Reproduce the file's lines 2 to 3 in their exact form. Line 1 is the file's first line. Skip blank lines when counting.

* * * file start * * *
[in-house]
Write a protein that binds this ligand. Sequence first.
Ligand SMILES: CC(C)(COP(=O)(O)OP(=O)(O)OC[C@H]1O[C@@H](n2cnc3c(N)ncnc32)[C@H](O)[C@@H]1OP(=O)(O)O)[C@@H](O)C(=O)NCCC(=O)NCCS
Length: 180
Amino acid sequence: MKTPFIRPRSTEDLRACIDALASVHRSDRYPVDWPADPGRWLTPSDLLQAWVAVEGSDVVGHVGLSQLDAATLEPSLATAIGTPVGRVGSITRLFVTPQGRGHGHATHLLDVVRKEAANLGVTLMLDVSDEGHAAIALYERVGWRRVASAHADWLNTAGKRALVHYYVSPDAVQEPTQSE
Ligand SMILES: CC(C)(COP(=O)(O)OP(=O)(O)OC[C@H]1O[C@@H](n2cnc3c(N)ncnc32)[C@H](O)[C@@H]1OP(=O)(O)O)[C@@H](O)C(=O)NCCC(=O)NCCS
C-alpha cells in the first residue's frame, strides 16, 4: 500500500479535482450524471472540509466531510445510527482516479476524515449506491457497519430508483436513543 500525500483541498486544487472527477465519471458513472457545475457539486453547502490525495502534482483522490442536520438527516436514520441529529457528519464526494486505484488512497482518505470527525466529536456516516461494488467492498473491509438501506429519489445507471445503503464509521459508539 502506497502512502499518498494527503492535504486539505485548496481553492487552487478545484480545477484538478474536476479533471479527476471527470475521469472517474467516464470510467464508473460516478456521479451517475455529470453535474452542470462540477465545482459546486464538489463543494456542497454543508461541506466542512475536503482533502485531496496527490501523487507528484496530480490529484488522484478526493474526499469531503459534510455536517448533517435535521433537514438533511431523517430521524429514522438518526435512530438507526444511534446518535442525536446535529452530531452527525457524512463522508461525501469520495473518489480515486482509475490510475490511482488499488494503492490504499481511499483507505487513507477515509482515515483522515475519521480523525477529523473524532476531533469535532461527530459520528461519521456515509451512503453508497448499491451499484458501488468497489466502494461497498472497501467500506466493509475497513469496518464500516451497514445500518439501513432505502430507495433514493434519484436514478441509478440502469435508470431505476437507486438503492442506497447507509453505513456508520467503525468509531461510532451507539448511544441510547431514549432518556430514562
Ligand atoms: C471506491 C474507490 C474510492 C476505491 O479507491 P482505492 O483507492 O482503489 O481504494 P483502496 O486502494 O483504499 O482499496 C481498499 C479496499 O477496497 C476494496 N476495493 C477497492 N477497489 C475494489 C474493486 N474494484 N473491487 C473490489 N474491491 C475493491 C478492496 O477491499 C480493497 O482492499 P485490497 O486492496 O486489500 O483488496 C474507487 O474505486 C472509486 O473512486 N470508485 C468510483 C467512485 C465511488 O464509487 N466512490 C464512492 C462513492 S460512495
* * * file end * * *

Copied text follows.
Write a protein that binds this ligand. Sequence first.
Ligand SMILES: CC(C)(COP(=O)(O)OP(=O)(O)OC[C@H]1O[C@@H](n2cnc3c(N)ncnc32)[C@H](O)[C@@H]1OP(=O)(O)O)[C@@H](O)C(=O)NCCC(=O)NCCS